January 9, 2019
Poor relationships with their managers and a lack of development opportunities are leading to more than a third of workers feeling dissatisfied in their current jobs, claims new research from The Institute of Leadership & Management. Around 1,400 members of The Institute of Leadership & Management completed a survey, which asked about their plans and aspirations for the New Year. The survey revealed that 34 percent are likely to change their job this year. Three quarters (74 percent) admitted the New Year leaves them feeling like they can achieve more in their careers, and because January also inspires self-reflection and a desire for change. Poor relationships with management was a common theme in the survey’s findings. More than a quarter (29 percent) said they felt undervalued by their managers and 42 percent of workers in their 40s stated they’re likely to leave as they don’t get on with their boss. It’s unsurprising therefore that mentoring was identified as an area that would improve staff retention, with 48 percent of men revealing they wouldn’t leave their job if they had a mentor.
Businesses aren’t doing enough to promote or develop existing talent, with 30 percent of workers aged 41-50 admitting they felt there’s no opportunity for training and development in their current role. Likewise, a third of this age group said they wouldn’t leave their job if their work was more challenging (36 percent). The survey results revealed that women in their 40s are most affected, as they’re the most likely to change jobs.
The top reason for wanting to change jobs was promotion (45 percent), followed by feeling undervalued by their manager, needing a change (28 percent) and making no progress (27 percent).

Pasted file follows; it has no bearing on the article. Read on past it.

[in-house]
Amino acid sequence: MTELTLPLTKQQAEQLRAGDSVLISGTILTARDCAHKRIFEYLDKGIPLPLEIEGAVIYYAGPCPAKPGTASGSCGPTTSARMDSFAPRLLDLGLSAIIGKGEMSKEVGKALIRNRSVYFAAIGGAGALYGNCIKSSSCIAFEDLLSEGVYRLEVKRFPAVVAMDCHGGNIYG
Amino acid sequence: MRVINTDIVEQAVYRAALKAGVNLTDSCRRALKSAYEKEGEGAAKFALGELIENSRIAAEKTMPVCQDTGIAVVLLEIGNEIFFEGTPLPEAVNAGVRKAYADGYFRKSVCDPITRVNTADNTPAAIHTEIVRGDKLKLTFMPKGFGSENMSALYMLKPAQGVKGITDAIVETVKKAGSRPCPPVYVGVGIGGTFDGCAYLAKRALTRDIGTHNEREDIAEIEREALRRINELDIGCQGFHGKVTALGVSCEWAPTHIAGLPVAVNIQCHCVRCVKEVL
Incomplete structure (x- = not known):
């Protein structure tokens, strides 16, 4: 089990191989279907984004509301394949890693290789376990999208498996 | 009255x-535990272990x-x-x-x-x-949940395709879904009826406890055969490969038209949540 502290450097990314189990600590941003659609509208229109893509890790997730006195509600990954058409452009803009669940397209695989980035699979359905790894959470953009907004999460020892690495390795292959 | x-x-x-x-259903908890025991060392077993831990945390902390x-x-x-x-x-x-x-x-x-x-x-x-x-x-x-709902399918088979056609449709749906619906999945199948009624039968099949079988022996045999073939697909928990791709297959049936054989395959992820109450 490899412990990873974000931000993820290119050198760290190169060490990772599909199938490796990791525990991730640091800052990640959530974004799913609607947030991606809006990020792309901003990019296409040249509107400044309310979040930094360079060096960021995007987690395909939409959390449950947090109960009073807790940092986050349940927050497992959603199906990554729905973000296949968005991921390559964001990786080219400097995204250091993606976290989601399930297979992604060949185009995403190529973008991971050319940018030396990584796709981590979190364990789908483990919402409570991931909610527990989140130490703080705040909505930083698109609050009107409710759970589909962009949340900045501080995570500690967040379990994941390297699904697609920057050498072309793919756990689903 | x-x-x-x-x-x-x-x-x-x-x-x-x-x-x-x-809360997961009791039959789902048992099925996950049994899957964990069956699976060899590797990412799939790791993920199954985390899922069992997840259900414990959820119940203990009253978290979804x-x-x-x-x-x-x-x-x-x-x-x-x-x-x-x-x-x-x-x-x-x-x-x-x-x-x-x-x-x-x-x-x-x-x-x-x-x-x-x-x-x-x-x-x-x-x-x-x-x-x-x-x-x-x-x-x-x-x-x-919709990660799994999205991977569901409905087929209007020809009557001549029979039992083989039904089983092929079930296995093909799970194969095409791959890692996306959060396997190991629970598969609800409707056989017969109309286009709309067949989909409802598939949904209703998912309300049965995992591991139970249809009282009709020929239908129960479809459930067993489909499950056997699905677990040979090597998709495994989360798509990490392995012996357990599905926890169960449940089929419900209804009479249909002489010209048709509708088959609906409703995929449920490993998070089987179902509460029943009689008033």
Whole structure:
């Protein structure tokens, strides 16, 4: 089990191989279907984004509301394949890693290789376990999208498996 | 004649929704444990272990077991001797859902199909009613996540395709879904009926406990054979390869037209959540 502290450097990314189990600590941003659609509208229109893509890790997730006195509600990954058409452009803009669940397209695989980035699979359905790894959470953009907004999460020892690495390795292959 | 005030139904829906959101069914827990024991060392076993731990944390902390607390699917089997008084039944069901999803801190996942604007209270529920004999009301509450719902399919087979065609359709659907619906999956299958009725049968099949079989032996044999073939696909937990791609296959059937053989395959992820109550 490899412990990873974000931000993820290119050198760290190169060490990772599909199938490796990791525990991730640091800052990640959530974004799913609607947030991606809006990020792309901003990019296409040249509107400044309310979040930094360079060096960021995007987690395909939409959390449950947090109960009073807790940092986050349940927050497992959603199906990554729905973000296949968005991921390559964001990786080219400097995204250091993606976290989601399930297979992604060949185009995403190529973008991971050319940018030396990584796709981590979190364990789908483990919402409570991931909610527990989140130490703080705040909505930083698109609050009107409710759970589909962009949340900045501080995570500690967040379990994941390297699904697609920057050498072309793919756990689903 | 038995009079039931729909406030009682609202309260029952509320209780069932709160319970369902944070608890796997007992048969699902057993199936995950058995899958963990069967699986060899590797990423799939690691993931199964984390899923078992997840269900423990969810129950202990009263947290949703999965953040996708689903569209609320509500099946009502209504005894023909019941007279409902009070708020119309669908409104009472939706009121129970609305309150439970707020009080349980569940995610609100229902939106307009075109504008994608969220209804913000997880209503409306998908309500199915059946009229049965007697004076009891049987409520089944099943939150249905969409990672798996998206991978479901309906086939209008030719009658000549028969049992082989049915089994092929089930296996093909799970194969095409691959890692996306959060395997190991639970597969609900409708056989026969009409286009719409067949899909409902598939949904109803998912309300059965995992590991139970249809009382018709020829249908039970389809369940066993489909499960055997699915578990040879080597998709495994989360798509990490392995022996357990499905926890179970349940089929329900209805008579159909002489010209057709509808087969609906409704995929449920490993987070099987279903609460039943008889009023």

Flexible working is another key factor that affects workers’ decisions to stay or leave their job. Two thirds of women and 43 percent of older workers (51-60 years) are most interested to change to full or part-time work, and a third of workers aged 31-40 said they’re looking for more flexible working arrangements.
Kate Cooper, Head of Research, Policy and Standards at The Institute of Leadership & Management, said: “Our research reveals how many workers feel underappreciated and have more to give in their current roles. This dissatisfaction leads to many looking for new jobs and businesses missing out on talent they have already invested in, which is costly to replace.
“Many workers in their 40s not only report poor relationships with their managers, but with retirement still a long way off, they’re also dissatisfied with the opportunities for training and development. Almost half of men think a mentor could improve their work situation.”
The Institute of Leadership & Management has some advice for those workers who feel dissatisfied at work, and are considering looking for a new role:
- Let your manager know you want to be challenged.If you feel you’re underappreciated by your manager, talk to them to find out what they value and where they think you can improve. Let them know how you feel and what else you can give the business.
- Seek opportunities and volunteer.If you feel like you’re not making any progress, ask to take on more responsibility or try to find new opportunities that will help to address this issue.
- Set a timescale to achieve the improvements you want.Doing this will help both you and your manager to understand how you want your career to develop, how you’re going to go about it and create a benchmark for success.
For more information about The Institute of Leadership & Management, visit www.institutelm.com.